loss of heterozygosity


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loss of heterozygosity

[¦lȯs əv ‚hed·e·rō·zī′gäs·əd·ē]
(genetics)
In a heterozygote, the loss of one of the two alleles at one or more loci in a cell lineage or cancer cell population due to chromosome loss, deletion, or mitotic crossing-over. Abbreviated LOH.
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Loss of heterozygosity on chromosome 22 in sporadic schwannoma and its relation to the proliferation of tumor cells.
Furthermore, it has been shown that functional inactivation of KLF6 in various types of cancers such as prostate, ovary and colon, is caused by somatic mutations, loss of heterozygosity (LOH) and silencing by hypermethylation of its promoter (DiFeo et al., 2009; Cho et al., 2006; Sangodkar et al., 2009).
In normal cells carrying mutations in malignant genes, loss of heterozygosity by mitotic recombination may unchain a neoplastic mechanism.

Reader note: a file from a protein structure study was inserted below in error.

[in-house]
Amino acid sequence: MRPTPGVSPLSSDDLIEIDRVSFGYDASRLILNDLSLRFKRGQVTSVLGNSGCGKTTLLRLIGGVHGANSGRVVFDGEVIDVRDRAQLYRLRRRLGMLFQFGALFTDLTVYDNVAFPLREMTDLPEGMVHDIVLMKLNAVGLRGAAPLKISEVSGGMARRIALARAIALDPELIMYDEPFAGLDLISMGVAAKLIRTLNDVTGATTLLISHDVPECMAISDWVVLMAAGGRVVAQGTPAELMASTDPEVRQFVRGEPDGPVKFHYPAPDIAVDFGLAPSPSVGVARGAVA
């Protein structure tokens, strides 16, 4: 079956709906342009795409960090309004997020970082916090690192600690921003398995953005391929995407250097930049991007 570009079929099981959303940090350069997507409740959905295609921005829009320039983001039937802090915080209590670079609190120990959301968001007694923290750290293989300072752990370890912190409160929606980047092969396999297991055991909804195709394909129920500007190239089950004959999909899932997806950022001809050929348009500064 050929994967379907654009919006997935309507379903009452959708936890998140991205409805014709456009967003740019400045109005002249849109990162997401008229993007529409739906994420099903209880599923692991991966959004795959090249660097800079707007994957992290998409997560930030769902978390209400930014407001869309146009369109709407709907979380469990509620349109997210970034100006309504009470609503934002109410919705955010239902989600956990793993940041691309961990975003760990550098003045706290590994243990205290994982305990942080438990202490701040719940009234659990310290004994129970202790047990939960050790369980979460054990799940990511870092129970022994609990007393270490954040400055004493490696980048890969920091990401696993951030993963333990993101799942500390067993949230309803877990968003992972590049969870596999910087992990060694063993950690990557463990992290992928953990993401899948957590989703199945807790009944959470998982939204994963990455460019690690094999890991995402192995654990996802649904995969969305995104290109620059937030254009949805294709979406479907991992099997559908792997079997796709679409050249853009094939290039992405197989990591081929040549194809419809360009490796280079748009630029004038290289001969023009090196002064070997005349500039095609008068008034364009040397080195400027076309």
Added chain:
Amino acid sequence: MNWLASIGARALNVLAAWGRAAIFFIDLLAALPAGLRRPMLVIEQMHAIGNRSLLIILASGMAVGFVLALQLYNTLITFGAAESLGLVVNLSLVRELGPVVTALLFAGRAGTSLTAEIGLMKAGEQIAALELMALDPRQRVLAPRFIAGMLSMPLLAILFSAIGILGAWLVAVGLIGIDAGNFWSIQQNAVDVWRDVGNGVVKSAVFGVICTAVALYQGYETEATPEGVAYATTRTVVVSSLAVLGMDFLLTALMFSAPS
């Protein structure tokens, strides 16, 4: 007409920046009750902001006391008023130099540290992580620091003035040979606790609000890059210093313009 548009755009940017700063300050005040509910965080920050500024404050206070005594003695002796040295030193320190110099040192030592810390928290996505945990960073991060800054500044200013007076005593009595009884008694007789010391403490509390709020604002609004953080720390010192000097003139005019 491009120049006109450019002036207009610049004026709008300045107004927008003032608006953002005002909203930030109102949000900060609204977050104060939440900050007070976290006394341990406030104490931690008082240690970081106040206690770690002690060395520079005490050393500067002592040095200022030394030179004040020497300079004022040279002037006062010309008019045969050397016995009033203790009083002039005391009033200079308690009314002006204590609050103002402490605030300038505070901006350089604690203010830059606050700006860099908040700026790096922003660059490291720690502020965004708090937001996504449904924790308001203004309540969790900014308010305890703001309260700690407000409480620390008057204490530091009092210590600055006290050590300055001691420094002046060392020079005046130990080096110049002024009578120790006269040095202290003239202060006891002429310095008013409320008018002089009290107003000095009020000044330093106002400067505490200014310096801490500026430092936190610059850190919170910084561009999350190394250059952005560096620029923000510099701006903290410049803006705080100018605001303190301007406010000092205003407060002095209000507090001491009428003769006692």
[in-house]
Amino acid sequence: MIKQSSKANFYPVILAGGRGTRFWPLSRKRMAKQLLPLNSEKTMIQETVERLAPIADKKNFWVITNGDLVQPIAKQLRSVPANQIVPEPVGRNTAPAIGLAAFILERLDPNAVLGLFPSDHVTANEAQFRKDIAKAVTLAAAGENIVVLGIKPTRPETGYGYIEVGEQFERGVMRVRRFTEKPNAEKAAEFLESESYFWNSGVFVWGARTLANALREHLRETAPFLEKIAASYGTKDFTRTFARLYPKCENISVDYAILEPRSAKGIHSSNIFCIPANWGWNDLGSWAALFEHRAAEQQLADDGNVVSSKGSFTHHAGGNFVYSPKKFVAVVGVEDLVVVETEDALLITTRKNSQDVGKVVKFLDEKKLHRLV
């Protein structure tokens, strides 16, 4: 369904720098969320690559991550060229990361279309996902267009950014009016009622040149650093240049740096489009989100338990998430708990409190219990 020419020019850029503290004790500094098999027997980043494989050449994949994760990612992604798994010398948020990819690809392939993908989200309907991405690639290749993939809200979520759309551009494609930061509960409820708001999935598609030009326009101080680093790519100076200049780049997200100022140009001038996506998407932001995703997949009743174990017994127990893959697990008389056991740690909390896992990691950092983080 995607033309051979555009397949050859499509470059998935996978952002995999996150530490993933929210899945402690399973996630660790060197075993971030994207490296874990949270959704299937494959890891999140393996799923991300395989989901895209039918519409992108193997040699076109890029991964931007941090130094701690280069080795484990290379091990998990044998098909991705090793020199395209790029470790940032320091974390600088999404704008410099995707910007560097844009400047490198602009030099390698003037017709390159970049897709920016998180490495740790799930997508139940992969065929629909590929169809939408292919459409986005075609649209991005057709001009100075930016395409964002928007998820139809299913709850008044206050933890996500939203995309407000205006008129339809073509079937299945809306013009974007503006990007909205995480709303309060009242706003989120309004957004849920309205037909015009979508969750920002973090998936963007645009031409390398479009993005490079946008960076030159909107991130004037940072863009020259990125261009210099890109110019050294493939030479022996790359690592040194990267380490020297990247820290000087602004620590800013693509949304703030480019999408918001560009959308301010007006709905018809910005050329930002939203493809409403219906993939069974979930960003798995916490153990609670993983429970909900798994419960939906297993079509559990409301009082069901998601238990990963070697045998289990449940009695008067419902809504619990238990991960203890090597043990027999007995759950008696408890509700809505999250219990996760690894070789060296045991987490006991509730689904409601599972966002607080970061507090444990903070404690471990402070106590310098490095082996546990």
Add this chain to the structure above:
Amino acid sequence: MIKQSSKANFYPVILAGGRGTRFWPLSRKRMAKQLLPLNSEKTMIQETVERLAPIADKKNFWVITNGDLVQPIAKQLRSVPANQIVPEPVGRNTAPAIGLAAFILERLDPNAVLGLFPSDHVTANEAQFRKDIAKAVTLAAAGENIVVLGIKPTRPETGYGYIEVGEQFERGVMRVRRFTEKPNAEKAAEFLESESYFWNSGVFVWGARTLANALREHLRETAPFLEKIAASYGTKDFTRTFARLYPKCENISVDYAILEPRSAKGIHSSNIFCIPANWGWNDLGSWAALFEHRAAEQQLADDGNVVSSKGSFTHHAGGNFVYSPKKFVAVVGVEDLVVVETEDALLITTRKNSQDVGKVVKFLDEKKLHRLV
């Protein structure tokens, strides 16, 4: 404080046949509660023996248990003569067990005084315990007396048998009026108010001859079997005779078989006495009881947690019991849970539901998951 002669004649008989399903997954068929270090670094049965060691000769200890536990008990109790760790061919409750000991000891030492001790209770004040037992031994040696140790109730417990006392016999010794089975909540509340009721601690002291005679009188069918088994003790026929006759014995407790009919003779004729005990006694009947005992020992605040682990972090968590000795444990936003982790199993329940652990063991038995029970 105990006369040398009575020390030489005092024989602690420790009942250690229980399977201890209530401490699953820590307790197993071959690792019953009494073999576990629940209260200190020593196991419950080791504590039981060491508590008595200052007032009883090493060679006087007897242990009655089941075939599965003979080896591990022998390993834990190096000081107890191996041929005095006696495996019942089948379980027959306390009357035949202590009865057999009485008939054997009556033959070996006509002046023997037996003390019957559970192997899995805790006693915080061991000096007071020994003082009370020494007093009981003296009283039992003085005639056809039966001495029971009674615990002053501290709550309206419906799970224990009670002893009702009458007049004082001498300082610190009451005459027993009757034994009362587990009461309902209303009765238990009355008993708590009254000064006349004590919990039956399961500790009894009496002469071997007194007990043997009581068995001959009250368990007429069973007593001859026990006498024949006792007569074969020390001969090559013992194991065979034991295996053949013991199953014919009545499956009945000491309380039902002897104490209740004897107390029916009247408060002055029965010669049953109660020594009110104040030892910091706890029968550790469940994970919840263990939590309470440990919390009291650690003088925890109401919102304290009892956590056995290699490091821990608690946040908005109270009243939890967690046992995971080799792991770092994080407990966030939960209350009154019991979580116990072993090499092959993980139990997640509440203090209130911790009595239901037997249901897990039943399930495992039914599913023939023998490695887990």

[3] Nonstandard abbreviations: miRNA, microRNA; CLL, chronic lymphocytic leukemia; LOH, loss of heterozygosity.
Borsatti noted that researchers can easily combine OneSeq with Agilent's free-of-charge SureCall software to integrate data analysis of copy number variations, single nucleotide polymorphisms, indels, and loss of heterozygosity.
For instance, in the female sample there was loss of heterozygosity at the ABO and Rh loci which resulted in very high gene differentiation and
Given that the gradual accumulation of these new mutations--Mullets ratchet--is less of a contributor for asexual decline than the Lynch team's findings on simple loss of heterozygosity and exposure of preexisting, deleterious alleles, evolutionary biologists now will need to look at the persistence of other asexual genomes in a new way, Lynch believes.
The acquired loss of heterozygosity (LOH), resulting in duplication of oncogenes or loss of tumor suppressor genes, is a well-established mechanism in tumor evolution [3, 4].
Recent molecular studies showing loss of heterozygosity of certain tumor suppressor genes in many odontogenic keratocysts have supported this opinion.
Loss of heterozygosity in the VNTR region of intron 1 of P53 in two retinoblastoma cases.
Interestingly, the cancer specimen showed no loss of heterozygosity (LOH), in which one side of the DNA's chromosome becomes inactive because of a mutation.